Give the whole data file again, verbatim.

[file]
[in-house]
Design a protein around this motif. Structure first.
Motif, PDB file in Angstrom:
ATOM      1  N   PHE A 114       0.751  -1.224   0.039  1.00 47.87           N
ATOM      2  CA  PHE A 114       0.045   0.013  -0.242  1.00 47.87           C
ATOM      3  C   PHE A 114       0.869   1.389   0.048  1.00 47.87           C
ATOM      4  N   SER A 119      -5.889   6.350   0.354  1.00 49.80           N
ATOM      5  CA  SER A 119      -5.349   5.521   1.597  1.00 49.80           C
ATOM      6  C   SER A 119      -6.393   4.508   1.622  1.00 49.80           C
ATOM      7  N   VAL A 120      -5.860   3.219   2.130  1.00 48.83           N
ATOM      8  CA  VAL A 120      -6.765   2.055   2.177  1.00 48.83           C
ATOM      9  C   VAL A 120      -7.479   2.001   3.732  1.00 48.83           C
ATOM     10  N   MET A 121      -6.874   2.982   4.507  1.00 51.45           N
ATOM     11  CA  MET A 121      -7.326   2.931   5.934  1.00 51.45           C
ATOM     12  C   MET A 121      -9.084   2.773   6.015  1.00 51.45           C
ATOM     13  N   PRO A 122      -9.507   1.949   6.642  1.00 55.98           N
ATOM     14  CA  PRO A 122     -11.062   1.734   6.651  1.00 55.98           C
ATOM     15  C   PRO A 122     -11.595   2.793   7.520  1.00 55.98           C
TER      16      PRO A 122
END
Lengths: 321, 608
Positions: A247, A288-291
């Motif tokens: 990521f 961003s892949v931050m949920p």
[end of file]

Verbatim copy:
[in-house]
Design a protein around this motif. Structure first.
Motif, PDB file in Angstrom:
ATOM      1  N   PHE A 114       0.751  -1.224   0.039  1.00 47.87           N
ATOM      2  CA  PHE A 114       0.045   0.013  -0.242  1.00 47.87           C
ATOM      3  C   PHE A 114       0.869   1.389   0.048  1.00 47.87           C
ATOM      4  N   SER A 119      -5.889   6.350   0.354  1.00 49.80           N
ATOM      5  CA  SER A 119      -5.349   5.521   1.597  1.00 49.80           C
ATOM      6  C   SER A 119      -6.393   4.508   1.622  1.00 49.80           C
ATOM      7  N   VAL A 120      -5.860   3.219   2.130  1.00 48.83           N
ATOM      8  CA  VAL A 120      -6.765   2.055   2.177  1.00 48.83           C
ATOM      9  C   VAL A 120      -7.479   2.001   3.732  1.00 48.83           C
ATOM     10  N   MET A 121      -6.874   2.982   4.507  1.00 51.45           N
ATOM     11  CA  MET A 121      -7.326   2.931   5.934  1.00 51.45           C
ATOM     12  C   MET A 121      -9.084   2.773   6.015  1.00 51.45           C
ATOM     13  N   PRO A 122      -9.507   1.949   6.642  1.00 55.98           N
ATOM     14  CA  PRO A 122     -11.062   1.734   6.651  1.00 55.98           C
ATOM     15  C   PRO A 122     -11.595   2.793   7.520  1.00 55.98           C
TER      16      PRO A 122
END
Lengths: 321, 608
Positions: A247, A288-291
């Motif tokens: 990521f 961003s892949v931050m949920p």